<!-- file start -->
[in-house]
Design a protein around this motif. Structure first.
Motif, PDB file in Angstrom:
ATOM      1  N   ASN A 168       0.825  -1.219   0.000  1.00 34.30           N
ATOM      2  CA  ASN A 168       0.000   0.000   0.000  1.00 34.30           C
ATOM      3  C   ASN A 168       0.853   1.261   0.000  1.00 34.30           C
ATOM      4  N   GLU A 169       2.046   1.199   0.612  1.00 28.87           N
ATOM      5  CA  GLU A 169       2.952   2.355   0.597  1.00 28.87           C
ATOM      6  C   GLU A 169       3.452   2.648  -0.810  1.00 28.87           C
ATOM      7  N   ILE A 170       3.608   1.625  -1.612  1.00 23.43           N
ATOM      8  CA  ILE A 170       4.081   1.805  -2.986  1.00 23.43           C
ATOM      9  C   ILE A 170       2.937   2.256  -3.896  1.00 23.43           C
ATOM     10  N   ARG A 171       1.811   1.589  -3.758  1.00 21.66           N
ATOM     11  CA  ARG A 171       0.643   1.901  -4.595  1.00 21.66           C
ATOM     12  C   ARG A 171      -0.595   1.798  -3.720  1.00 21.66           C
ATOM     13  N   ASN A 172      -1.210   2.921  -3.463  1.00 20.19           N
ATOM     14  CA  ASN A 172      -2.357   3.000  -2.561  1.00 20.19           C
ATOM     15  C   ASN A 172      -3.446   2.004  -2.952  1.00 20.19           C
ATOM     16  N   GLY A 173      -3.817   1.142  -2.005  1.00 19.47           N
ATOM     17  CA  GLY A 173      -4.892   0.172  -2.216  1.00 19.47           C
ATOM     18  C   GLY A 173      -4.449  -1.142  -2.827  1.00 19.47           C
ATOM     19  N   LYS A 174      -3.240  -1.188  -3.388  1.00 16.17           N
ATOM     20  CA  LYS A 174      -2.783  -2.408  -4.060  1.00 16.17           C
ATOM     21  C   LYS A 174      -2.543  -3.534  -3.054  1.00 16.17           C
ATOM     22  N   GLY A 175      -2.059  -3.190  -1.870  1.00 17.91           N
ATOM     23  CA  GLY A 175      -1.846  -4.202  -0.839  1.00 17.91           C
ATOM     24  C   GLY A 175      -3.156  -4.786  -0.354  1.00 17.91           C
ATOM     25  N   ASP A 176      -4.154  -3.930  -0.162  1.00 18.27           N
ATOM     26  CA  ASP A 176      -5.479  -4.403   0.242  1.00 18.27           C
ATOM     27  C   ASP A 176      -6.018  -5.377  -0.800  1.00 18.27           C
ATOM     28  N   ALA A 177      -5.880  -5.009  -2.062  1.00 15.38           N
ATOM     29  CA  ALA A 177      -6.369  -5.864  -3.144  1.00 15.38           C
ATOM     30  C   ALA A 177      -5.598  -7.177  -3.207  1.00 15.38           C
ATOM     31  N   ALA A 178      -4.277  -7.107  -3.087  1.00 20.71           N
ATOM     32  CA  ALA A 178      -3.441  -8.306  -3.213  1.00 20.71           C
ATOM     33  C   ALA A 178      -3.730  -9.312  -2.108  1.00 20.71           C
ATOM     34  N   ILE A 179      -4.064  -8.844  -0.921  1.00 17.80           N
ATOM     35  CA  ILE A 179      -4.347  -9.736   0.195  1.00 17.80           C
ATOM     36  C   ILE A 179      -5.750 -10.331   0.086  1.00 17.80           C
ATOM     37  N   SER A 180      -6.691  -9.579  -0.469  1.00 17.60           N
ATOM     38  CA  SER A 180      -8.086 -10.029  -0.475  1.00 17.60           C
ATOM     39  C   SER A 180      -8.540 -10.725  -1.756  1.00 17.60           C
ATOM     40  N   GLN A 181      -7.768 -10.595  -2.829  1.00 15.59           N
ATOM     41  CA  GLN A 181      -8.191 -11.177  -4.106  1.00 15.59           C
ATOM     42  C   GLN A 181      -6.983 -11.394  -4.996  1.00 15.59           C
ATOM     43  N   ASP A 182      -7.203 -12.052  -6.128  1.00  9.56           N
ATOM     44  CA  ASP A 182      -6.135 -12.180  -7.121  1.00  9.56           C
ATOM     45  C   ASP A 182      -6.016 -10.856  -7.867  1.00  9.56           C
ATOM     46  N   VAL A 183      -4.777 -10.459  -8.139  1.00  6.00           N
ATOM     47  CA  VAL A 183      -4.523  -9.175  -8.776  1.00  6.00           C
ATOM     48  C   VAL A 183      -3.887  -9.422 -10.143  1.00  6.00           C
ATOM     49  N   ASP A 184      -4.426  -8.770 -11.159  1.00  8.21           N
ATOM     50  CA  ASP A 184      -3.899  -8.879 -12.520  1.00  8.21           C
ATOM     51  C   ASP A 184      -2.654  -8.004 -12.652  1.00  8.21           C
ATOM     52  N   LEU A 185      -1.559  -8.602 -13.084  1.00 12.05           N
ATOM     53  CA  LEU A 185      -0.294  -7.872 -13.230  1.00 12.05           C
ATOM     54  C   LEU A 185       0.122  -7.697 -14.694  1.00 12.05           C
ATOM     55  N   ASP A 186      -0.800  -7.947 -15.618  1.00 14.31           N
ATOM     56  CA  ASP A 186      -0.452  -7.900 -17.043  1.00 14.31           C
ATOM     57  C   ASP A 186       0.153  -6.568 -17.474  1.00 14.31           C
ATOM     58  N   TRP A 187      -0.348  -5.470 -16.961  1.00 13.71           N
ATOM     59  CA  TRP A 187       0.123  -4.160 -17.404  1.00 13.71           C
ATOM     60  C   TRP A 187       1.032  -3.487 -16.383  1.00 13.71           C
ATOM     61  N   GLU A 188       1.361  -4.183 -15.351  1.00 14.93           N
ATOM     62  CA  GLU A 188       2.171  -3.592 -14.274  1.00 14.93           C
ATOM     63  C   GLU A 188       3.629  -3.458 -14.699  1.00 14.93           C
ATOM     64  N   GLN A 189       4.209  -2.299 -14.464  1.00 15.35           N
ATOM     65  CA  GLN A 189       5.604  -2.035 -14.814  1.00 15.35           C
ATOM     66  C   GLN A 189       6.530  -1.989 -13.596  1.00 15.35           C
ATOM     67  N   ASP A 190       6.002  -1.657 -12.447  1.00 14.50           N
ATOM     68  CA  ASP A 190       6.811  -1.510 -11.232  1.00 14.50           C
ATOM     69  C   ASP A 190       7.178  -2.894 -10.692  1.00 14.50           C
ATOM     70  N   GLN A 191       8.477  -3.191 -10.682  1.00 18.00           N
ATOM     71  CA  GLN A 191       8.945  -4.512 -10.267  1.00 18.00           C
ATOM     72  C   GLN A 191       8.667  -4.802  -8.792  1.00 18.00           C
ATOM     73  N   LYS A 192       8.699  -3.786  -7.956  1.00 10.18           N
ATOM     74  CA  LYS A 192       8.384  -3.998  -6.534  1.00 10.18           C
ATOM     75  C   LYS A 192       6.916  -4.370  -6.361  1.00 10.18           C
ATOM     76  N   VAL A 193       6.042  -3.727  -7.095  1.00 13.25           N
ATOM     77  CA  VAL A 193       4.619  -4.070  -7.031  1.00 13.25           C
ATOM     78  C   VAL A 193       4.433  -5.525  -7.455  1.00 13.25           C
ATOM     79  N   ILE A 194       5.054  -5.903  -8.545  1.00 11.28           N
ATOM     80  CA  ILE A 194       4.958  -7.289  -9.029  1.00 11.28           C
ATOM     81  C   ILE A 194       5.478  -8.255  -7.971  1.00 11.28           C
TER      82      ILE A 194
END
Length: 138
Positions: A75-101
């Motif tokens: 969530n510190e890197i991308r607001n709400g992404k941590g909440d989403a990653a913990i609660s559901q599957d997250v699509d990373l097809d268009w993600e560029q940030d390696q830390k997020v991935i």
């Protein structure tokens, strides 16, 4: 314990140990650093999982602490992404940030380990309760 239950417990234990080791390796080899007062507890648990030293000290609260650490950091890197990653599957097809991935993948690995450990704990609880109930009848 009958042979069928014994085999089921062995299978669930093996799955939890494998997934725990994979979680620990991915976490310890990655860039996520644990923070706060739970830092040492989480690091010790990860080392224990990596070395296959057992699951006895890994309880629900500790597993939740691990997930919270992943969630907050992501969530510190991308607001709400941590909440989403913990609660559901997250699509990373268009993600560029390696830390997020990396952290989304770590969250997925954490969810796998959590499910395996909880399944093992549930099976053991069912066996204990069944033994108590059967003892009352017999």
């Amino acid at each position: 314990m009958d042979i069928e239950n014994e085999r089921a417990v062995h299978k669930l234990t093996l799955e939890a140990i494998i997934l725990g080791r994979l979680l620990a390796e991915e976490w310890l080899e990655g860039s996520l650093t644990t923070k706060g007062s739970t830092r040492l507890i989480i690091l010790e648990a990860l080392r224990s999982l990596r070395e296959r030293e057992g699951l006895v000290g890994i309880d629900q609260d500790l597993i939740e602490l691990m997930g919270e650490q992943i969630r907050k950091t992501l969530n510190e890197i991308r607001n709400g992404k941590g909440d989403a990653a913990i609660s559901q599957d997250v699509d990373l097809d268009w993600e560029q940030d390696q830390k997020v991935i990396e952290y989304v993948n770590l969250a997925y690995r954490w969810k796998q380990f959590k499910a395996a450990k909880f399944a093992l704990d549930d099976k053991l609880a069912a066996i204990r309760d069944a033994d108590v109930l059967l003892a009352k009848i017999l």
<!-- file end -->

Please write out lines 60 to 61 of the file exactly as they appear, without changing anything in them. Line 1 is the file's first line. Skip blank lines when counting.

ATOM     57  C   ASP A 186       0.153  -6.568 -17.474  1.00 14.31           C
ATOM     58  N   TRP A 187      -0.348  -5.470 -16.961  1.00 13.71           N